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Emerich Daroya

Ph.D. Sociology student

Areas of Interest: Emerich is a recipient of Joseph-Armand Bombardier Canada Graduate Scholarships (CGS) for his doctoral research on the effects of Pre-Exposure Prophylaxis (PrEP) on gay and other men who have sex with men’s sexualities. His MA thesis focused on racism in gay communities. Other interests include: queer theory, HIV/AIDS, feminist science and technology studies, new materialisms, sexuality studies, and race and racism.

Academia: https://carleton-ca.academia.edu/EmerichDaroya

Erika Di Loreto

M.A. Sociology study

Areas of Interest: Critical criminology; legalization and drug policy; racial disparities in the criminal justice system; social justice; policing; sociology of terrorism; quantitative research methods.

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Jared Epp

Ph.D. Anthropology student

Areas of Interest: Phenomenology; mental health; homelessness; anthropology of psychiatry; negotiation of self and identity; alterity; otherness; intersubjectivity; addiction; ethno-cultural differences of self- mental illness and healing; diaspora; indigeneity; urban anthropology; social work practices.

Cihan Erdal

Ph.D. Sociology student

Areas of Interest: Erdal’s M.A. thesis focused on the reproduction of abilik (big brotherhood), a form of institutionalized hierarchy based on age, experience, and gender faced by youth in the left political space of Turkey in the 2000s. Before coming to Carleton, in addition to his prior academic work and research, as an activist he took roles in several initiatives particularly on youth, left, LGBTI+, co-designed and co-organized national and international projects and programs with the activist youth in Turkey and Europe. Erdal also hosted a weekly web-based TV program on youth and politics in 2017. His areas on interest include: youth sociology; activist youth culture; social/political generations; gerontocracy and ageism in political space; intersectionality, queer theory, and feminist approaches; social movements; memory of leftist movements; modern and contemporary political philosophy and history of political thought; collective memory theory; diaspora theory and Anatolian diasporas; sociology of literature.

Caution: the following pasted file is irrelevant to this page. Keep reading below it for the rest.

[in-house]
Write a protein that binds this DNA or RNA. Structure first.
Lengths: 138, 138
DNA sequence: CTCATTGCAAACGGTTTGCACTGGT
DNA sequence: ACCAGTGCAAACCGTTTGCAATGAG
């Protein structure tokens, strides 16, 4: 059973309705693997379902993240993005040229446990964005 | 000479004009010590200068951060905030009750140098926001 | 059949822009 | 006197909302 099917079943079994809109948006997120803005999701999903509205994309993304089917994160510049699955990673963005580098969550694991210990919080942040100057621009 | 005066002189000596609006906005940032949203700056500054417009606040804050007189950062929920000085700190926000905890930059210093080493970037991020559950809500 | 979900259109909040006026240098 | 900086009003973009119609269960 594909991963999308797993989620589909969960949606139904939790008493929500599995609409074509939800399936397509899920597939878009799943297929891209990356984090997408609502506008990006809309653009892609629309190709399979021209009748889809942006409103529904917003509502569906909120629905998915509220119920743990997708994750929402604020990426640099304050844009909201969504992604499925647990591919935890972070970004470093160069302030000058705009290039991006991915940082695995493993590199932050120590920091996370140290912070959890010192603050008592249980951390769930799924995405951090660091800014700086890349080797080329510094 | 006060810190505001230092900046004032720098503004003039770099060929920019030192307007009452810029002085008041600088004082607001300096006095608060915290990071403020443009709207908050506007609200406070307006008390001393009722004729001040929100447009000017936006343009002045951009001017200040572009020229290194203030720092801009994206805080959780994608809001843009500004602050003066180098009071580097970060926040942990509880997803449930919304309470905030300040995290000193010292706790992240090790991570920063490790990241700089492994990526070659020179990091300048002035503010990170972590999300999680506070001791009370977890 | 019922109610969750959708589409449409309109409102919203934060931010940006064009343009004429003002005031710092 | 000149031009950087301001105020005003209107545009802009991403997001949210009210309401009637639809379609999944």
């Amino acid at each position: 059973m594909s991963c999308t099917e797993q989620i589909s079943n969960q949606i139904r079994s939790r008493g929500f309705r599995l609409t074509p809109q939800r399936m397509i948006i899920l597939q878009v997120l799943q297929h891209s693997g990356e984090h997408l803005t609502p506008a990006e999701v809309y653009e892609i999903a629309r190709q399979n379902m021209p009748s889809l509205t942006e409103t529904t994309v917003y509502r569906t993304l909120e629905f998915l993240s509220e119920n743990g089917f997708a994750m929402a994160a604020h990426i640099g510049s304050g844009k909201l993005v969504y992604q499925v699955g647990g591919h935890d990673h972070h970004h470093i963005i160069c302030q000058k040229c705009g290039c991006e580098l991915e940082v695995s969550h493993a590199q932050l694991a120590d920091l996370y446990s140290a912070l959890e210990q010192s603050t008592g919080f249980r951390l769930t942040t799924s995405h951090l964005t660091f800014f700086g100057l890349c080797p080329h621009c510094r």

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Kirsten Francescone

Ph.D. Anthropology and Political Economy student

Areas of Interest: Extractive cities; labour and work; mineral economies; gendered production; colonial mining history

Regions of Interest: Bolivia and Canada

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Tyler Hale

Ph.D. Anthropology student

Areas of Interest: User research and consumer insight; science and technology studies; mobility and automobility; symbolic anthropology; phenomenology.

Kent Hall

Ph.D. Sociology student

Areas of Interest: Kent’s M.A. thesis focused on the construction and realization of recreational ethics in contested and fragile public spaces such as national and provincial/state parks. Continuing in this field, his Ph.D. work examines relations between recreational groups and Indigenous activists with particular interest in the mediating effects of policies governing public lands and challenges to and opportunities for solidarity. Other interests include: environmental sociology; genealogy; phenomenology; sociology of sport; public lands management; ethics; decolonization; liberatory practices; rock climbing.

Emily Hersey

M.A. Anthropology student (collaborative specialization in African Studies)